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Probing the roles of metal binding ligands in cupredoxins: incorporating nonproteinogenic amino acids into azurin and CuA Azurin

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Title: Probing the roles of metal binding ligands in cupredoxins: incorporating nonproteinogenic amino acids into azurin and CuA Azurin
Author(s): Clark, Kevin M.
Director of Research: Lu, Yi; van der Donk, Wilfred A.
Doctoral Committee Chair(s): Lu, Yi
Doctoral Committee Member(s): van der Donk, Wilfred A.; Jakobsson, Eric; Crofts, Antony R.
Department / Program: Biochemistry
Discipline: Biochemistry
Degree Granting Institution: University of Illinois at Urbana-Champaign
Degree: Ph.D.
Genre: Dissertation
Subject(s): Azurin CuA Azurin Expressed Protein Ligation homocysteine backbone ester peptide ligation
Abstract: Metalloproteins play important roles in biological systems since metal-binding sites are found in ~ 1/3 of structurally characterized proteins and in ~ 1/2 of all proteins. Despite progress, the role of these metal-binding sites remains poorly understood. Furthermore, their detailed geometric and electronic structure has yet to be fully elucidated. Site-directed mutagenesis using natural amino acids has continued to be the primary method of probing of metal-binding sites. However, it has become increasingly evident that site-directed mutagenesis, though powerful, cannot address the precise role of the metal ligands without changing multiple factors because of the relative paucity of functional group availability within the proteinogenic amino acids. To address the need to precisely determine specific metal binding ligand functionalities, and further efforts to engineer new function into proteins, Expressed Protein Ligation (EPL) has been used to introduce non-proteinogenic amino acids to metalloproteins. Using EPL to specifically probe the Type 1 (T1) copper site of azurin and the CuA site found in engineered CuA Azurin has aided the understanding of the roles of each ligand in this electron transfer protein. This thesis covers the replacement of two ligands in azurin, Cys112 and Met121, with nonproteinogenic amino acid analogues. Investigating the Cys112(S)-Cu Ligand-to-Metal Charge Transfer (LMCT) that gives azurin its intense blue color and its signature absorbance at 625 nm in the visible spectrum using two different analogues has been performed. Incorporating selenocysteine for Cys112 resulted in a new variant that maintained type 1 geometry and will with future experiments, help to elucidate the electron density of the site with more precision. To further expand this concept, EPL was used to incorporate homocysteine (Hcy) to investigate the rack hypothesis. Insertion of a Cys derivative with an additional methylene group demonstrated that the type 1 site in azurin was capable of adjusting sufficiently through protein folding to maintain type 1 geometry and function. Together, these mutations provide insight into the unique relationship between the site’s geometric features and its electronic features by minimally perturbing the site and selectively altering each feature individually. Secondly, while conversion of blue copper sites with a weak axial ligand to green copper sites containing a medium strength axial ligand has been demonstrated in cupredoxins, converting blue copper sites to a red copper site with a strong axial ligand has not been reported. By replacing weaker thiolate from Met121 in azurin with the stronger thiolate ligand from Hcy, a variant was created whose spectra (RL= 1.5, and A|| = 180 x 10-4 cm-1) and Cu-S(Cys) distance (2.22 Å) were very similar to those of the red copper protein nitrosocyanin. The results strongly support the “coupled distortion” model that helps explain axial ligand tuning of spectroscopic properties in cupredoxins, and demonstrate the power of using unnatural amino acids to address critical chemical biological questions. Lastly, the unique Cu coordination of a backbone carbonyl in CuA azurin site was investigated using backbone carbonyl analogues of Glu. By replacing the carbonyl of the natural peptide linkage with an ester moiety, we have shown that the nucleophilicity of the carbonyl does not seem to play a major role in either the spectroscopic or reduction potential features of the CuA site. These studies have provided a unique methodology to investigate metal ligand interactions outside of the standard side chain interactions. In summary a means to investigate the specific function of individual metal ligand residues in azurin and CuA azurin by using EPL to incorporate nonproteinogenic amino acid analogues has been demonstrated. This work has resulted in new insights into the role of the metal ligands and has shaped future metalloprotein engineering efforts.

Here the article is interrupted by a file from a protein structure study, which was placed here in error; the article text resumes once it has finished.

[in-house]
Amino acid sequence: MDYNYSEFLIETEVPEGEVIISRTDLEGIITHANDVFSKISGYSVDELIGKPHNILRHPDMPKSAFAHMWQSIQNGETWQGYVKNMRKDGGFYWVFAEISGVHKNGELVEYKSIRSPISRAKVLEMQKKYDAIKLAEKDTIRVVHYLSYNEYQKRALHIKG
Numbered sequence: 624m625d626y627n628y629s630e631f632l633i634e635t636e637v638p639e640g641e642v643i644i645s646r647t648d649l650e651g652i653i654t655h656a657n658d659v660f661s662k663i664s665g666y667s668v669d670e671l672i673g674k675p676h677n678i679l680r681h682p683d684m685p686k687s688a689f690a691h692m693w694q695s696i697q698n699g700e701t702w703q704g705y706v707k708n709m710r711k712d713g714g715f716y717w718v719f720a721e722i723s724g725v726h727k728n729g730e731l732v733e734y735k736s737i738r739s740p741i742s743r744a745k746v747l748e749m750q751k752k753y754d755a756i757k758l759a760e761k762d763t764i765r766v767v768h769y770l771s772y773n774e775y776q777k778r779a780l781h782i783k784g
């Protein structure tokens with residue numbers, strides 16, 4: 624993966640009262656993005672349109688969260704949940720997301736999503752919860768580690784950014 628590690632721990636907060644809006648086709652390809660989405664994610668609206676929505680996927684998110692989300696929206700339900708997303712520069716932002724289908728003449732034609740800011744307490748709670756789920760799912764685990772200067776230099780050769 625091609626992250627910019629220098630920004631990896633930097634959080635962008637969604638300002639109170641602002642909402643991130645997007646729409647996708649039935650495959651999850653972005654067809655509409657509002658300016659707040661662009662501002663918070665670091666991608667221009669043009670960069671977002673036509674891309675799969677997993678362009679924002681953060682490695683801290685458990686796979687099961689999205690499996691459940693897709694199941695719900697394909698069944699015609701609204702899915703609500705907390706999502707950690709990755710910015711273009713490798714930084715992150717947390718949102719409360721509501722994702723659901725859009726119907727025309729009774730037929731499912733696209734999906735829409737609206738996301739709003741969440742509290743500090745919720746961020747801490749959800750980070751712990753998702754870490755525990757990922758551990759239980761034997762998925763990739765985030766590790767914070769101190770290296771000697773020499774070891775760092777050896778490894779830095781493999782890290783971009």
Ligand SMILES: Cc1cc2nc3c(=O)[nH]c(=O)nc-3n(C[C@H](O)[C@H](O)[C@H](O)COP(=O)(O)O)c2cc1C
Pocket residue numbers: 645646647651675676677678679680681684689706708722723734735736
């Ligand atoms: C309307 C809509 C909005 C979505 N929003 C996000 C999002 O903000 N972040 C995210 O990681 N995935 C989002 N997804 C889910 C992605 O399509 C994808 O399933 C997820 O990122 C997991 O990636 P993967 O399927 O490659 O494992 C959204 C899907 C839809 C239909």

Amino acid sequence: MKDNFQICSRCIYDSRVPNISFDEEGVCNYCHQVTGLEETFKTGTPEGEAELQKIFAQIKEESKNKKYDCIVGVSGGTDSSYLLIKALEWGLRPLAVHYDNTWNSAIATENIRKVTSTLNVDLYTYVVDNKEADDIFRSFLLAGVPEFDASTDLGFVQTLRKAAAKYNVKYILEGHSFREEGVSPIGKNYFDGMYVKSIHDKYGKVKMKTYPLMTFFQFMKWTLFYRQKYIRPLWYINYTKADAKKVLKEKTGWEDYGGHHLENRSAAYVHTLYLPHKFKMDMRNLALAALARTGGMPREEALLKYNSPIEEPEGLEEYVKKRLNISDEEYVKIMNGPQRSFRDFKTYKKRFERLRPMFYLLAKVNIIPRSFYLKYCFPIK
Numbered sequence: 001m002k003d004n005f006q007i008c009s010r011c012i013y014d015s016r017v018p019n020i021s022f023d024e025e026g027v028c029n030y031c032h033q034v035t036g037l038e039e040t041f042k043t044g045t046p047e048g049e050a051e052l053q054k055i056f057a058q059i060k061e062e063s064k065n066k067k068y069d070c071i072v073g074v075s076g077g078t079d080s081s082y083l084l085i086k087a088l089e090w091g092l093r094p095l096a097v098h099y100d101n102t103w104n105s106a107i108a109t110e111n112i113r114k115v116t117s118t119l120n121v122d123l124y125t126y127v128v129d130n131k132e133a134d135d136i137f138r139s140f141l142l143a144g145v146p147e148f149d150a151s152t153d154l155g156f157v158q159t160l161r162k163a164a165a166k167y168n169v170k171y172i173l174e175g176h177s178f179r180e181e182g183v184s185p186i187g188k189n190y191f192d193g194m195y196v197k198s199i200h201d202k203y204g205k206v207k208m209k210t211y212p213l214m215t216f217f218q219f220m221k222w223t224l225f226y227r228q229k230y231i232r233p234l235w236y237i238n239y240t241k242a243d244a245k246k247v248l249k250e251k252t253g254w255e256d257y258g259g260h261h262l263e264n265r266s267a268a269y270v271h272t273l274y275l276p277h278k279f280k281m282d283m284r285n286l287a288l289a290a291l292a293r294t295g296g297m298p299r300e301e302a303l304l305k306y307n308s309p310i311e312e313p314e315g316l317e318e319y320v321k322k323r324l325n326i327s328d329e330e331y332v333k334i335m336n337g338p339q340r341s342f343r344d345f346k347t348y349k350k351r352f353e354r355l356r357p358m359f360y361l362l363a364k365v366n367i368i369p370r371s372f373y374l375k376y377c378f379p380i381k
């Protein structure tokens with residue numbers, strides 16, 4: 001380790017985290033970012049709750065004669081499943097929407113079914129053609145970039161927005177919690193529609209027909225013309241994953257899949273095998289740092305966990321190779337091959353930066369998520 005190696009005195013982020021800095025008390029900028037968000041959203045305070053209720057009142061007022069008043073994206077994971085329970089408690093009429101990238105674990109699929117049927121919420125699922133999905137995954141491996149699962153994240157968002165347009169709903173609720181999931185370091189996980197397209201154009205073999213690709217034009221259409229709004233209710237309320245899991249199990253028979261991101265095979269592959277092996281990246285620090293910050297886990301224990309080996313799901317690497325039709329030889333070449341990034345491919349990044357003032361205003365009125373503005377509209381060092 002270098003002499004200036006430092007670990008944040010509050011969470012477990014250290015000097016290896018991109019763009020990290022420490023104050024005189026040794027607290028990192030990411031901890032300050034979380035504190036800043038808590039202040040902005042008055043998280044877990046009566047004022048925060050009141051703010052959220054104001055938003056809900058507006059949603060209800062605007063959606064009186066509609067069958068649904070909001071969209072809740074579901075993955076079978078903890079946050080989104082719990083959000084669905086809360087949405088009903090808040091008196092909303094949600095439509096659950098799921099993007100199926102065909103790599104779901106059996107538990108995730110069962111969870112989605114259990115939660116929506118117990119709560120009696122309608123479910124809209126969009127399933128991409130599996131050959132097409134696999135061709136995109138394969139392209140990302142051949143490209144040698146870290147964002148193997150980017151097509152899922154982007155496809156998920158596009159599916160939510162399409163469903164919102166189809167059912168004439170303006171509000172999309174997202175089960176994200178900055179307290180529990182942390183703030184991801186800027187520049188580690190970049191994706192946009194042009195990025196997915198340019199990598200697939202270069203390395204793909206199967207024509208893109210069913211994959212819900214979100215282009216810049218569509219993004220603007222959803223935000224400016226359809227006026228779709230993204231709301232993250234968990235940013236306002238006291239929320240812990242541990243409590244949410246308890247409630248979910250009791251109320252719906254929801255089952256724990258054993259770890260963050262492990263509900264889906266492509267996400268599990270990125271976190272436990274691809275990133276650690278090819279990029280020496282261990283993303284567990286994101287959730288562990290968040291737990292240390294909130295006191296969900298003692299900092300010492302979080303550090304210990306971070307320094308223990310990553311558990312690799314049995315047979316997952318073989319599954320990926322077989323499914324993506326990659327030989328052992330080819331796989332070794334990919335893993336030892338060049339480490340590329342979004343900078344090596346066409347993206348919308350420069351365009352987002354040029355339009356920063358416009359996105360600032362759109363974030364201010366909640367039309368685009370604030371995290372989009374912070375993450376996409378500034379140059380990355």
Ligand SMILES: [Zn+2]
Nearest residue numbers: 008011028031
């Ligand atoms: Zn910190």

Issue Date: 2010-08-31
URI: http://hdl.handle.net/2142/17059
Rights Information: Copyright 2010 Kevin M. Clark
Date Available in IDEALS: 2010-08-31
2012-09-07
Date Deposited: 2010-08
 

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